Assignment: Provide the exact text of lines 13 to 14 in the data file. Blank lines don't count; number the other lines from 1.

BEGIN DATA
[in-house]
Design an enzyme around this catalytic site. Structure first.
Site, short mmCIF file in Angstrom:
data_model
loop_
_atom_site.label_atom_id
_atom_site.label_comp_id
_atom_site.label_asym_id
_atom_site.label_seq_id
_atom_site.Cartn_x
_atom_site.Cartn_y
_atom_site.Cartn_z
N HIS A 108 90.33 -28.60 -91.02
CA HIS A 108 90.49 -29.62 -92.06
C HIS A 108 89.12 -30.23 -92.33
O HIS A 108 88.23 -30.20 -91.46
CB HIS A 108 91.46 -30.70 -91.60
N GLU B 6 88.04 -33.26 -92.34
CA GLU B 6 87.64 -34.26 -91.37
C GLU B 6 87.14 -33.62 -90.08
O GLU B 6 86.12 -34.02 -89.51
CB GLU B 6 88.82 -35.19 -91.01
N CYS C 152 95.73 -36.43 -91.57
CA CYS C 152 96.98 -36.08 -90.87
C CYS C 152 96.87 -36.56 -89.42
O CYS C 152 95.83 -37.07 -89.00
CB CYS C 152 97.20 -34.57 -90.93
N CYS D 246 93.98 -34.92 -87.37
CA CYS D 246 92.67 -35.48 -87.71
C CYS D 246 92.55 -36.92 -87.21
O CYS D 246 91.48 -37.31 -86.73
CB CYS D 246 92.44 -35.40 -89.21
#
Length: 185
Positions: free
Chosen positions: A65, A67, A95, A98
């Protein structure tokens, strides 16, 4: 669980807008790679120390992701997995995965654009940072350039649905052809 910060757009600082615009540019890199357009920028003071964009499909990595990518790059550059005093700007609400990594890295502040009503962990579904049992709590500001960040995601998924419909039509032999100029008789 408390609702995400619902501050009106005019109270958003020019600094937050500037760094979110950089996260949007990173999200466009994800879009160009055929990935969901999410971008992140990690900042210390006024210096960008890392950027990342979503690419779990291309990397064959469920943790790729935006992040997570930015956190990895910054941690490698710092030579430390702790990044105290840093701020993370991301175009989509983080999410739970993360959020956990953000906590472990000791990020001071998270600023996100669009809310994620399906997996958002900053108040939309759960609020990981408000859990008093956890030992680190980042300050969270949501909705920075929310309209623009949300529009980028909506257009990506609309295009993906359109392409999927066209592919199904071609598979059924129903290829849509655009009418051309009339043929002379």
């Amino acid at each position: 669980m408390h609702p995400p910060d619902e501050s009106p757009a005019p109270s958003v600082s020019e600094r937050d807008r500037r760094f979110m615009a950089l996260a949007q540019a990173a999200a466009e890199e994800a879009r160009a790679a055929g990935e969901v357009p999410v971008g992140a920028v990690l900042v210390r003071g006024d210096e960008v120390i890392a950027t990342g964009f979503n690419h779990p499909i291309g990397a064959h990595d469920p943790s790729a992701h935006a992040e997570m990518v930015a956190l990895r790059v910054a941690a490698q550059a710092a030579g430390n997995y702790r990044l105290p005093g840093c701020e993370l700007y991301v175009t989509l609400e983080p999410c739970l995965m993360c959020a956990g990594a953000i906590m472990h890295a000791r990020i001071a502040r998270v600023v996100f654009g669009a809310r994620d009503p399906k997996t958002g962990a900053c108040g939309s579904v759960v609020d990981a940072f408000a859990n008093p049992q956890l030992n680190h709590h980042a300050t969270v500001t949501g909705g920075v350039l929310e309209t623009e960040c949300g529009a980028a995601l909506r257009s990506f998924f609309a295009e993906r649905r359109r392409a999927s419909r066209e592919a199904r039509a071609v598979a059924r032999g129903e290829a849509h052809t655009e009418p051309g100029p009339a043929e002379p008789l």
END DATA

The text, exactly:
N HIS A 108 90.33 -28.60 -91.02
CA HIS A 108 90.49 -29.62 -92.06